We’ve recently completed the draft of an upcoming research paper that looks at some of the emerging trends that may shape the future landscape of office markets around the region. One of the themes addressed in the paper was the way in which technology could impact how office space is used in the future and its implications for the development of the market going forward.
Today’s power-hungry office is heavily reliant on computers and requires extensive cabling to provide both electricity and data to each workstation. In modern office buildings, cabling is typically provided under floor through the use of an elevated structural floor that sit above the concrete slab, more commonly referred to as a raised floor. Older buildings that do not have raised floors generally require under floor trunking-channels gouged into the concrete slab-or conduits that feed cabling down from the ceiling.
Offices with raised floors therefore not only have the advantage of being more aesthetically pleasing but also allow for greater flexibility in configuring and altering floor plan layouts. As a result, they are generally preferred by tenants. However, raised floor systems are expensive and are not always feasible in older buildings. Though advancements in cabling technology has seen the height of raised floor systems lowered to as little as 50mm, some older buildings simply do not have sufficient headroom to accommodate such systems.
The advent of wireless power technology has the potential to change all this. Wireless power, along with ubiquitous Wi-Fi, could eliminate the need for raised floors and increase the flexibility of workplace configurations. Moreover, wireless power could also have an impact on building life cycles. For example, the ability to create modern office spaces through refurbishment rather than redevelopment would enable investors to re-evaluate investment opportunities in the market. Likewise, in areas where development potential is limited by height restrictions, the absence of raised floors could potentially lead to the addition of extra floors and more usable floor space where an older building is torn down for redevelopment.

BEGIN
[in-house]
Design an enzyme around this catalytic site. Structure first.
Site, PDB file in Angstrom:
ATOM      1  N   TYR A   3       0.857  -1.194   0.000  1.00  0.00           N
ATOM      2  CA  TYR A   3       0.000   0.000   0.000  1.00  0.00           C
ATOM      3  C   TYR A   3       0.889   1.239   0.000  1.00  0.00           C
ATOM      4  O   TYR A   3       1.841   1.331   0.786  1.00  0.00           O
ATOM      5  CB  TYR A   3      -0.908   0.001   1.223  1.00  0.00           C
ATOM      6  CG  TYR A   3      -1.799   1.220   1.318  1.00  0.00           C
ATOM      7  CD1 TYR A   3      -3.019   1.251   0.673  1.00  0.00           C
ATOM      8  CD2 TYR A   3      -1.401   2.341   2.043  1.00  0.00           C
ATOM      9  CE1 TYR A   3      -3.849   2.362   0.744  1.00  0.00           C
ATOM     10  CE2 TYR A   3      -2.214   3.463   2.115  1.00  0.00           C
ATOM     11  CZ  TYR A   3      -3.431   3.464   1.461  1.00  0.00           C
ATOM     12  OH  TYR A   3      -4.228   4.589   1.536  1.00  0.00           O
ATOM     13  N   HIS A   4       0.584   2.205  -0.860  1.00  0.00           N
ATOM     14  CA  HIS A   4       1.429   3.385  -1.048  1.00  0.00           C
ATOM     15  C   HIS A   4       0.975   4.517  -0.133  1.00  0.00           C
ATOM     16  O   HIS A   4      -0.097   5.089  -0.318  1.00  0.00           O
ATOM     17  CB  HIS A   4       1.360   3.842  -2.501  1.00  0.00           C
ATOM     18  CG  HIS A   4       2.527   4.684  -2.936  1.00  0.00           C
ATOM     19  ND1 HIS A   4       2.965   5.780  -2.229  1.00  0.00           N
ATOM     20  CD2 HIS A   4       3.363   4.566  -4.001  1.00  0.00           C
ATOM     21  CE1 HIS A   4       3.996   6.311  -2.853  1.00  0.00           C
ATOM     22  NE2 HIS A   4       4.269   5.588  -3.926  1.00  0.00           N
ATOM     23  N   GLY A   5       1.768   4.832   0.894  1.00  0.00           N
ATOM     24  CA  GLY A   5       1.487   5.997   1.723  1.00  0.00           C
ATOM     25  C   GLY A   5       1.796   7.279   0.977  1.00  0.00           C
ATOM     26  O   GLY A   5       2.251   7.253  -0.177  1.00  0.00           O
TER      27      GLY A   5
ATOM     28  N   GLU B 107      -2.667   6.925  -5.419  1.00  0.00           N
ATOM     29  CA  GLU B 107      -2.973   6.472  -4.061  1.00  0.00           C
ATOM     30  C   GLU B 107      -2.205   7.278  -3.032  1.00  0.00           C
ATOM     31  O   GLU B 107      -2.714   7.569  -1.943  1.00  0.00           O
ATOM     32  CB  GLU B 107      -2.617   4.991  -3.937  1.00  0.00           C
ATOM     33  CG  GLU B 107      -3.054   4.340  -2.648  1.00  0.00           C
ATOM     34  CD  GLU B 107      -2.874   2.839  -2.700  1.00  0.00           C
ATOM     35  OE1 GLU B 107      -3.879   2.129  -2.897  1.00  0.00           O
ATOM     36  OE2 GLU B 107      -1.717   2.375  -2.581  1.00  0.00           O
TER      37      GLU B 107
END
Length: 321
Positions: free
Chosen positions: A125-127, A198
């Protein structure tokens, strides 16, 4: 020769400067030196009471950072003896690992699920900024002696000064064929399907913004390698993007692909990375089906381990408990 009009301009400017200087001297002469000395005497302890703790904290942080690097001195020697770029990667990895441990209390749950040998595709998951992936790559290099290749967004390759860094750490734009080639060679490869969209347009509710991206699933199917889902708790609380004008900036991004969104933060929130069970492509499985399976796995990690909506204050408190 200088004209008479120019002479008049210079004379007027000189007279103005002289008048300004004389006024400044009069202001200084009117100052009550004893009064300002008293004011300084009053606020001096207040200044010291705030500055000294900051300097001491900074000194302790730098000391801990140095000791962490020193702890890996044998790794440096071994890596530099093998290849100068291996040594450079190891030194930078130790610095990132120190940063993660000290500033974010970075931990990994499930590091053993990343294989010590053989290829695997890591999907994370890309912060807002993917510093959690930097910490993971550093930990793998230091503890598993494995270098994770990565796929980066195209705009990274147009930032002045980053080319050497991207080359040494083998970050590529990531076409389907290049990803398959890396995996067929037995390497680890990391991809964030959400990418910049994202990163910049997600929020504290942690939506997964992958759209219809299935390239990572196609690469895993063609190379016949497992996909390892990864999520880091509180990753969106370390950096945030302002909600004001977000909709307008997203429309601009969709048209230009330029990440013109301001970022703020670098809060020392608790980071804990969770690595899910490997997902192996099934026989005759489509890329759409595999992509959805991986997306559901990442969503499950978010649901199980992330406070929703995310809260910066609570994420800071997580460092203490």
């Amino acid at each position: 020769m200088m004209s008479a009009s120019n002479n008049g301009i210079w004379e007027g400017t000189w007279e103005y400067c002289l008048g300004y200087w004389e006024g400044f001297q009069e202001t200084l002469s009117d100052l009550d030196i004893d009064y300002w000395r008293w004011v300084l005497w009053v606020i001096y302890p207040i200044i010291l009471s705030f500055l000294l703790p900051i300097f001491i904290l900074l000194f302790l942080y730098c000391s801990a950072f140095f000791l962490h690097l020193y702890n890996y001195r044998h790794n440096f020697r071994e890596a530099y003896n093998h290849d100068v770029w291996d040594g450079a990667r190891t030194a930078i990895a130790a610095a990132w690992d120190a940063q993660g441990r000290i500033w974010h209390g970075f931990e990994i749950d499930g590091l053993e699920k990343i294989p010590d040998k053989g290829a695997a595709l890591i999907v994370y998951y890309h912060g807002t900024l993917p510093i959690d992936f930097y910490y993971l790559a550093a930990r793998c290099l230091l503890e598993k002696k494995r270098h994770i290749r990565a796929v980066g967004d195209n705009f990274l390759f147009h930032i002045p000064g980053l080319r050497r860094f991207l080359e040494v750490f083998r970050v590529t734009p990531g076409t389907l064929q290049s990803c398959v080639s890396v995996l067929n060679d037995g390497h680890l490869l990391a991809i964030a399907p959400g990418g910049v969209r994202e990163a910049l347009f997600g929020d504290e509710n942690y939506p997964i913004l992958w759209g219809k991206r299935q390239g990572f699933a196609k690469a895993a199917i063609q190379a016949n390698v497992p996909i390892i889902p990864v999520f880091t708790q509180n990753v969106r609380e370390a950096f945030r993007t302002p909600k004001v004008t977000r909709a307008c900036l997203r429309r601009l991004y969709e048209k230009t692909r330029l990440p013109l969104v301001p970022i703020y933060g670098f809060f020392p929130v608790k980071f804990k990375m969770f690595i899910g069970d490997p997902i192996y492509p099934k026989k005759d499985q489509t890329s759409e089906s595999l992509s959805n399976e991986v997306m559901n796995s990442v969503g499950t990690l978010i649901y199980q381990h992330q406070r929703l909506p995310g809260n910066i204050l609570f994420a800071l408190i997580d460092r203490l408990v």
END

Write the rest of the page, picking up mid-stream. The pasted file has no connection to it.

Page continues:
While wireless power technology is still in its infancy, it is not hard to see how the technology could progress to a stage where it is practical and commercially viable in the not too distant future. After all, it wasn’t so long ago that we could only connect to the Internet through a data cable.
Denis Ma is the Local Director for Jones Lang LaSalle in Greater Pearl River Delta, based in Hong Kong.